The Post-Paris Depression

Hi there,

If you’re stumbling upon my page for the first time, let me tell you some quick facts about myself: My name is Claudia Amendola and I absolutely adore Paris. That’s it. That’s all you need to know. Because, truly, it is my driving force through each day. What, in particular, you may ask? Well, the dream to one day pick myself up from this Western life and move on over to Paris.

I currently live in Hamilton, Ontario, Canada, which, to some, might get a, “yuck,” but it’s actually a very artistic, cultural hub of Ontario and I think it’s a great city. But in comparison to Paris, it’s crap, it’s absolute crap. It’s the gum stuck to the shoe of Paris. It’s the scum between Paris’ toes. It makes me sick. (If you get the reference, kudos.)

Seven years ago is when I first visited Paris, France, and it was love at first step. Paris, now, represents even more to me than it did those seven years ago. It is undoubtedly my haven, my solace when I desire escape. Parisienne books take me away, Parisienne movies transport me, and Parisienne smells and sounds simply take the cake. But, more than that, Paris is my “transformer”.

I use the image of Paris in my trauma therapy. I’m doing a specific kind of therapy called EMDR which combines eye movements, neurological traumatic memories, and new associations, to completely transform traumatic experiences. In November of 2006, I was sexually assaulted by a “friend” of mine. This trauma, along with things called “little traumas” over the years, have made me a rather complicated and multi-leveled individual, emotionally and psychologically. My therapist uses hand motions to change the emotional and psychological (and physical) ties to trauma, 180 degrees! This begins with thinking of a “safe zone”.

My safe zone was Paris, and we began treatment by embracing all aspects of that safe zone – the sights, smells, sounds, tastes of Paris – and tying those memories to her hand movements. Those same hand movements are then done as I recall traumatic experiences, and for some reason, the pain and anxiety are erased and replaced with the solace of the safe zone.

Paris is literally saving my life.

Sitting under trees in the Jardin des Tuileries as I look through old French postcards from 1908-1926.

And so now, I just returned from a trip to Paris that was deeply personal, emotional, and crucial on my path to healing, and I’m suffering from severe ‘Post-Paris Depression”. It feels as though I have been forced out of my home. It feels as though I have been torn from the arms of my lover, unsure of when I might see them again. It feels as though I dove into an ocean of pure, beautiful bliss and then someone hooked me within their net and pulled me out to suffocate on shore. My heart is broken.

But this love is also a driving force; I want to move and make a life in Paris. I know I will be truly and completely happy if I, with my partner and with my animals, can leave this Western world and lifestyle behind and bathe in European beauty till the end of my days. I cried tears of happiness as I drove to the airport to take off to Paris. I cried tears of sorrow on the day before my departure. And as I write this, I cry tears of determination, of happiness and sadness combined, at the deep love for a city that I have inside my heart.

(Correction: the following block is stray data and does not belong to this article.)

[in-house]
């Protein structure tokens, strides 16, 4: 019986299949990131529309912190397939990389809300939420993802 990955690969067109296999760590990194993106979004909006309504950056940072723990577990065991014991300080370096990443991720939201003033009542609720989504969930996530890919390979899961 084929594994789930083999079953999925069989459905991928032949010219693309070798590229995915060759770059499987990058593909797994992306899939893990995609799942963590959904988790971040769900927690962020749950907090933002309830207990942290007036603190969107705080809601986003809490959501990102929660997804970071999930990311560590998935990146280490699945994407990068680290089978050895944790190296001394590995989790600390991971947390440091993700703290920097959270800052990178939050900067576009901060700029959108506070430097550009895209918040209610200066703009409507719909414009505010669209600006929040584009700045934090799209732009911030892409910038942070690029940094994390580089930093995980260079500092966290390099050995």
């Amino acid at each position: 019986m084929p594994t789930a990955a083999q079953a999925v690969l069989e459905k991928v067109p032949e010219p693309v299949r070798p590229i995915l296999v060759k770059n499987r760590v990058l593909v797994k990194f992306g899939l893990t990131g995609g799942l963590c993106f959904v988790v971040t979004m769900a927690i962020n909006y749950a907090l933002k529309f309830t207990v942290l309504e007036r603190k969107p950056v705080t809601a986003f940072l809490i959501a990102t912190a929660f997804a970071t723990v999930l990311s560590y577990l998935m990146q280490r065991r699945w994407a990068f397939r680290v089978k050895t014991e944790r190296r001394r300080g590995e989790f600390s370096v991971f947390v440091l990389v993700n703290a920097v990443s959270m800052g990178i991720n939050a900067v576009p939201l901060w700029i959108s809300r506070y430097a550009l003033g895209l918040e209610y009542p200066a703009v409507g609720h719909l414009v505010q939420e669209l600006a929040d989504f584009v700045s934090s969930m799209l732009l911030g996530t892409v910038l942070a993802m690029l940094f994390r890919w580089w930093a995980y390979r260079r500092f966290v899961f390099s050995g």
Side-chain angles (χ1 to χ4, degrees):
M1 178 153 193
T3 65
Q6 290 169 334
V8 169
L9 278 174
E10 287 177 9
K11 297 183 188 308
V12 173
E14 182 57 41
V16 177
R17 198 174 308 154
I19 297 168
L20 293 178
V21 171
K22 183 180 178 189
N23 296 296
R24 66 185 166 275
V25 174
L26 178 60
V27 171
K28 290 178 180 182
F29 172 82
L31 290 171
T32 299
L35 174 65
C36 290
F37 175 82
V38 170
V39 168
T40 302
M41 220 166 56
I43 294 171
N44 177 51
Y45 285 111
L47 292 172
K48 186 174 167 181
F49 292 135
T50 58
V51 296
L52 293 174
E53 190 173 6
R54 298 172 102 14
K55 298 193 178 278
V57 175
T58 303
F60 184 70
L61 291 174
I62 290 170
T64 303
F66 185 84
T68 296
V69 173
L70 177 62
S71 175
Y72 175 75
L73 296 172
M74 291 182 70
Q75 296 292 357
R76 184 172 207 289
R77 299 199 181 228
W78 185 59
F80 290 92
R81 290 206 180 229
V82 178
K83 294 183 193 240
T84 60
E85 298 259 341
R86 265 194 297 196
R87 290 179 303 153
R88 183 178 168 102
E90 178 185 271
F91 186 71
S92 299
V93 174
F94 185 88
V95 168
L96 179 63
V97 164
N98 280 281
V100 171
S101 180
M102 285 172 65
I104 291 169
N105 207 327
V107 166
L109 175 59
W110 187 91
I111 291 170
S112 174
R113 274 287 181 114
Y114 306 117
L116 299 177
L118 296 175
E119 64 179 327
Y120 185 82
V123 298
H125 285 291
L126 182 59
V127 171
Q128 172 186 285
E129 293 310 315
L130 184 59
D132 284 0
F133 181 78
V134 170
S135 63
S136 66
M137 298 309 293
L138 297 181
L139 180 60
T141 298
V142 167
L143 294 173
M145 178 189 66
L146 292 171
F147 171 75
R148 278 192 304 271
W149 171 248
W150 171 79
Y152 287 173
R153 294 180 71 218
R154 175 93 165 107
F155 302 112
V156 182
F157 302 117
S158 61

This page will chronicle that journey. This page will be where I share Parisian inspirations. This page will be where I share what steps bring me a little closer. This page will be for me, and will be for Paris.

This page is hope.


3 thoughts on “The Post-Paris Depression”

  1. I understand how you feel about Paris Claudia! My first trip to Paris was in 2006.

    I was 44 years old and I walked the streets of that city knowing where I was going! I felt home like never before in a city other then the one I was born in … this time around!
    I have gone back two more times since then (in 2011 and 2014) and every time, I get the same feeling that I belong there.

    I am hoping you will make your project come true, but don’t lose sight of the fact that “the grass is always greener on the other side of the fence” and maybe all you really need to stay in this happy place in your heart and your head is to immerse yourself in the French culture and yet stay in Hamilton close to your loved ones.

    There is something magic about planning a trip, learning the culture by listening to music and reading books well, by learning French. I will be glad to help you with that if you want. Then maybe, you should work on a project to be a summer English teacher to French kids or adults either through as French school program or through a private French agency! This would give you the opportunity to immerse yourself in that marvelous city yet get a feel of what it is to live and work there. Visiting and living in a city are two very different things!

    Leaving for two months would open a door without closing others! Claudia, please allow me to say that your are loved by many people here, you have a great influence in the lives of the kids you teach to and as you said yourself, you live in a fun city, just be careful not to lose track of all that you have going for you in “your real life”…

    Please let me know if you want books or CDs.


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